Recently departed Good Wife alum Josh Charles made an appearance last night on Keith Olbermann‘s ESPN show in character as one of his most beloved television alter egos. Surprise – it was Dan Rydell, the sports anchor Charles played 14 years ago …
UPDATED: CBS‘ The Good Wife already went through a major reset at the beginning of the season when Alicia (Julianna Margulies) left Lockhart Gardner, finding herself locking horns with her former boss, friend (and on-and-off flame) Will Gardner (Josh Charles). But that was just a little ripple compared to the shock wave that hit the show tonight. Here is the story behind the stunner, with The Good Wife creators/showrunners Michelle and Robert King, who wrote the episode, discussing the major exit, its impact on the show and what lies ahead. Warning for DVR viewers — this story contains a major spoiler. Proceed with caution.
Michael Ausiello is editor in chief of TVLine.
It would be tough for Josh Charles to top last year — when he earned the first Emmy nomination of his career for his work as Will Gardner on CBS’ The Good Wife. However, given the weight of his Season 3 story arc — not only did his attorney character enter into (and almost as quickly exit) a romantic relationship with Julianna Margulies‘ Alicia, but he was suspended from practicing law and was forced to revisit his past as a gambling addict — the Sports Night alum looks poised to do just that. This time, however, he’s not just likely to get a supporting actor nomination, he could very well walk home with the prize.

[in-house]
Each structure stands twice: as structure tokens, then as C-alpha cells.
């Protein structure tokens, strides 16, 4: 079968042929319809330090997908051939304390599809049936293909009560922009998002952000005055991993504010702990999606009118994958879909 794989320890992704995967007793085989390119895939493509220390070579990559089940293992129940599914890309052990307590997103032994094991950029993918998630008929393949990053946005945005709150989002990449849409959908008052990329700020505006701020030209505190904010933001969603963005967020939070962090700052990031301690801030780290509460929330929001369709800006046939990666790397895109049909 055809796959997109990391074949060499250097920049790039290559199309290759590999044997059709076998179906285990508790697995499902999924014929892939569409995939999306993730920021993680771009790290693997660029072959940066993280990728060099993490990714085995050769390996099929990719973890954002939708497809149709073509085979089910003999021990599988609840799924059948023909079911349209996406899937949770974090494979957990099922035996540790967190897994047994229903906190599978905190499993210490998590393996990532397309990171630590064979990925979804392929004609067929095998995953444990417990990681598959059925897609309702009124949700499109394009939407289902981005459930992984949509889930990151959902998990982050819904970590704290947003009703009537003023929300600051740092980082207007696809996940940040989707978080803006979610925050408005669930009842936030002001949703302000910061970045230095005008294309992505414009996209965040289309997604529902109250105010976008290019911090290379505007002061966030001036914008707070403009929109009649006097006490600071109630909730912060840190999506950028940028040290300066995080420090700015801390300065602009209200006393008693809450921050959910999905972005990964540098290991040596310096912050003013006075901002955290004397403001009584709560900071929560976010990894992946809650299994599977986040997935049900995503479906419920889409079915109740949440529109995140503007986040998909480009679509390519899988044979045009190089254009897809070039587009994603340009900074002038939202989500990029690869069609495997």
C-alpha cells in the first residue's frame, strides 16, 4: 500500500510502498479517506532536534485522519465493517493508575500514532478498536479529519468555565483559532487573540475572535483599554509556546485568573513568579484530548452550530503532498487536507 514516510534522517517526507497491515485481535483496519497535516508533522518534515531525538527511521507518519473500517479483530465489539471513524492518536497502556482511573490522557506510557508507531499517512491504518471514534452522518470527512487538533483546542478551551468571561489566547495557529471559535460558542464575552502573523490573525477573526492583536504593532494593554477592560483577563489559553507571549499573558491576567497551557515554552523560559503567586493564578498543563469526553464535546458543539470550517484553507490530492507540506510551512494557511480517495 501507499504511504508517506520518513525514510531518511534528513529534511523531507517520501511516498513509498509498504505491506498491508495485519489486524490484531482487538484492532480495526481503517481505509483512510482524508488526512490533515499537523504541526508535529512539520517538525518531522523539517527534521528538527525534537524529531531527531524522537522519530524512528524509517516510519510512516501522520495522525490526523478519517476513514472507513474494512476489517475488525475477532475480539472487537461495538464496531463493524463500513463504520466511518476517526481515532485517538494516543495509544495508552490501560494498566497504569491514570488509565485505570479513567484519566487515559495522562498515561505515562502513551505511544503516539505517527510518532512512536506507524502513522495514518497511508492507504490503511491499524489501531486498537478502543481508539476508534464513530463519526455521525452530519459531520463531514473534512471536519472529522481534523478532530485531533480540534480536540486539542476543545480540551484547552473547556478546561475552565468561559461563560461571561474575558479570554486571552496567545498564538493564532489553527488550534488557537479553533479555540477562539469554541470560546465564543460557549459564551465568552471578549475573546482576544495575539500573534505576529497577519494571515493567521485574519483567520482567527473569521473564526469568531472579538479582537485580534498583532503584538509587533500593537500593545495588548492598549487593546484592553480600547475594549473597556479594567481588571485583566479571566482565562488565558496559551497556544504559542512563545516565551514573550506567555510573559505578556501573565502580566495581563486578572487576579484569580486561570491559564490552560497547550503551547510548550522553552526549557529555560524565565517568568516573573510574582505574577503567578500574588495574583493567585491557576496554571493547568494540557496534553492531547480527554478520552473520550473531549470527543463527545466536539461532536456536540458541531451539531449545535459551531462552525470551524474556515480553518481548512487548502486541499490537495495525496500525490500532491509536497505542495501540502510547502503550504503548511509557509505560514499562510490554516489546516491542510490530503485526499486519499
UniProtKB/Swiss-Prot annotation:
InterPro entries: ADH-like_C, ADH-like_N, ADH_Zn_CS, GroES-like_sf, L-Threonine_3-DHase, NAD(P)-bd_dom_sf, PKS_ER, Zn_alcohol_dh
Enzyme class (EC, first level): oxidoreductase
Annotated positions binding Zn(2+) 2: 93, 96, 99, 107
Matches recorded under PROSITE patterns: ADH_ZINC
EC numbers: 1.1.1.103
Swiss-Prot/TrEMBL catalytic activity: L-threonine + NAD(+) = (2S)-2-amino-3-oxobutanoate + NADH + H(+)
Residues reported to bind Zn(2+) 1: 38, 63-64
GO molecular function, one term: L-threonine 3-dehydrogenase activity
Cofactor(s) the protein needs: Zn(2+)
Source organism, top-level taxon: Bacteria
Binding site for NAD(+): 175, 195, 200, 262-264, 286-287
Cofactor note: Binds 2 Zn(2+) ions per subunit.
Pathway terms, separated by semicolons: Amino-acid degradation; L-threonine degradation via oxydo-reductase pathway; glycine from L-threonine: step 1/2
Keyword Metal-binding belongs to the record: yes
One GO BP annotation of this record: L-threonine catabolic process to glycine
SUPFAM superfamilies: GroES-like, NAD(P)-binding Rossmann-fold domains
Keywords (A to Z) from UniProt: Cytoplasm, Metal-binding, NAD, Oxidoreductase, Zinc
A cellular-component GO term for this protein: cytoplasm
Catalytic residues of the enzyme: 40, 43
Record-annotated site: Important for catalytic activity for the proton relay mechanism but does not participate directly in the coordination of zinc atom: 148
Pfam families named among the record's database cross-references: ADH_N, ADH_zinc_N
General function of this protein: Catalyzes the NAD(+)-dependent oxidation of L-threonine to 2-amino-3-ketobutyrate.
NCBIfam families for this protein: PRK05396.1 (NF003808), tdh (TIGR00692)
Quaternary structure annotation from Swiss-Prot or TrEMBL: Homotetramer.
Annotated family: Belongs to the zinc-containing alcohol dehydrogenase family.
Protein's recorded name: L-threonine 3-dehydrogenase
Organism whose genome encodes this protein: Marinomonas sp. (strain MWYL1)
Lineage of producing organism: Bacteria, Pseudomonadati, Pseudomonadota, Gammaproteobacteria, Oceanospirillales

AWARDSLINE: Was there any aspect of your storyline that you found particularly satisfying to play?
JOSH CHARLES: It was really fascinating to see [Will] have to face the consequences, professionally and personally, for the actions that he’s taken or not taken in his life. At the core, this guy’s a gambler — literally and figuratively. He has an addictive personality, and that backstory felt very authentic to what we’ve seen already from Will. He likes to take risks, loves to live on the edge, and loves to cut corners — morally and unethically. He consistently walks a tightrope, and is happy to do so, because he likes the adrenaline of that.